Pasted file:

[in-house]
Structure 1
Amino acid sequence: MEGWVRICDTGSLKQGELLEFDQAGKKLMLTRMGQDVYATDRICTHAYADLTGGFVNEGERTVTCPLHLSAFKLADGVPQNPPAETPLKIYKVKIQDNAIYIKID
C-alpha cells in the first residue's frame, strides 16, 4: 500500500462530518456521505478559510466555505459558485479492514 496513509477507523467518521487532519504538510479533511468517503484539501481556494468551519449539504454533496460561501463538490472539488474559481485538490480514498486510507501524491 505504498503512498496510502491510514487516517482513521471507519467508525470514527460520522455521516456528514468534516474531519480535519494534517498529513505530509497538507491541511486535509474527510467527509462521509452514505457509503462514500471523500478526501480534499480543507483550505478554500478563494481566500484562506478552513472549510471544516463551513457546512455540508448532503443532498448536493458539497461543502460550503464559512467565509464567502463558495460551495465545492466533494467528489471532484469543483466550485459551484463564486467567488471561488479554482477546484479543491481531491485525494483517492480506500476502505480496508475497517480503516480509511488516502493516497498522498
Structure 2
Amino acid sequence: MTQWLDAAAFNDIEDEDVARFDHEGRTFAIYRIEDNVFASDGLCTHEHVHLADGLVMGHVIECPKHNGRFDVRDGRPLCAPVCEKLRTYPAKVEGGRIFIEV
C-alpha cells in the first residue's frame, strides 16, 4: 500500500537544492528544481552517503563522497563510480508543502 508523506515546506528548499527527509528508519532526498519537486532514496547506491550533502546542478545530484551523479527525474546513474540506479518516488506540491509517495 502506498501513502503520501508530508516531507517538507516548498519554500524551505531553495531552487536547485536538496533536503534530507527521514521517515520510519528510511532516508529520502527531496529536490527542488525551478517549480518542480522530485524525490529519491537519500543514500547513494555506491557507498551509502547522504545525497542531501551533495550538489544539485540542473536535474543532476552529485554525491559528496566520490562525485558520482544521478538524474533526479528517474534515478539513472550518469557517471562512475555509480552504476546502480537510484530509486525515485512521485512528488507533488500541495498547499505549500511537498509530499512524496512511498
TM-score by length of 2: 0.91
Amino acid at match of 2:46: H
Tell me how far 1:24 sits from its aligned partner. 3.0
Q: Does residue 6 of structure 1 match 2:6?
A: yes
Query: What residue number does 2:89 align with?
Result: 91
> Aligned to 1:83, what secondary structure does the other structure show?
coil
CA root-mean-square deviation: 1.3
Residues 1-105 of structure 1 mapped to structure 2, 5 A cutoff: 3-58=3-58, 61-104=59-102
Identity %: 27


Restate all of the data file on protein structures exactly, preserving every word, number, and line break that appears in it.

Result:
[in-house]
Structure 1
Amino acid sequence: MEGWVRICDTGSLKQGELLEFDQAGKKLMLTRMGQDVYATDRICTHAYADLTGGFVNEGERTVTCPLHLSAFKLADGVPQNPPAETPLKIYKVKIQDNAIYIKID
C-alpha cells in the first residue's frame, strides 16, 4: 500500500462530518456521505478559510466555505459558485479492514 496513509477507523467518521487532519504538510479533511468517503484539501481556494468551519449539504454533496460561501463538490472539488474559481485538490480514498486510507501524491 505504498503512498496510502491510514487516517482513521471507519467508525470514527460520522455521516456528514468534516474531519480535519494534517498529513505530509497538507491541511486535509474527510467527509462521509452514505457509503462514500471523500478526501480534499480543507483550505478554500478563494481566500484562506478552513472549510471544516463551513457546512455540508448532503443532498448536493458539497461543502460550503464559512467565509464567502463558495460551495465545492466533494467528489471532484469543483466550485459551484463564486467567488471561488479554482477546484479543491481531491485525494483517492480506500476502505480496508475497517480503516480509511488516502493516497498522498
Structure 2
Amino acid sequence: MTQWLDAAAFNDIEDEDVARFDHEGRTFAIYRIEDNVFASDGLCTHEHVHLADGLVMGHVIECPKHNGRFDVRDGRPLCAPVCEKLRTYPAKVEGGRIFIEV
C-alpha cells in the first residue's frame, strides 16, 4: 500500500537544492528544481552517503563522497563510480508543502 508523506515546506528548499527527509528508519532526498519537486532514496547506491550533502546542478545530484551523479527525474546513474540506479518516488506540491509517495 502506498501513502503520501508530508516531507517538507516548498519554500524551505531553495531552487536547485536538496533536503534530507527521514521517515520510519528510511532516508529520502527531496529536490527542488525551478517549480518542480522530485524525490529519491537519500543514500547513494555506491557507498551509502547522504545525497542531501551533495550538489544539485540542473536535474543532476552529485554525491559528496566520490562525485558520482544521478538524474533526479528517474534515478539513472550518469557517471562512475555509480552504476546502480537510484530509486525515485512521485512528488507533488500541495498547499505549500511537498509530499512524496512511498
TM-score by length of 2: 0.91
Amino acid at match of 2:46: H
Tell me how far 1:24 sits from its aligned partner. 3.0
Q: Does residue 6 of structure 1 match 2:6?
A: yes
Query: What residue number does 2:89 align with?
Result: 91
> Aligned to 1:83, what secondary structure does the other structure show?
coil
CA root-mean-square deviation: 1.3
Residues 1-105 of structure 1 mapped to structure 2, 5 A cutoff: 3-58=3-58, 61-104=59-102
Identity %: 27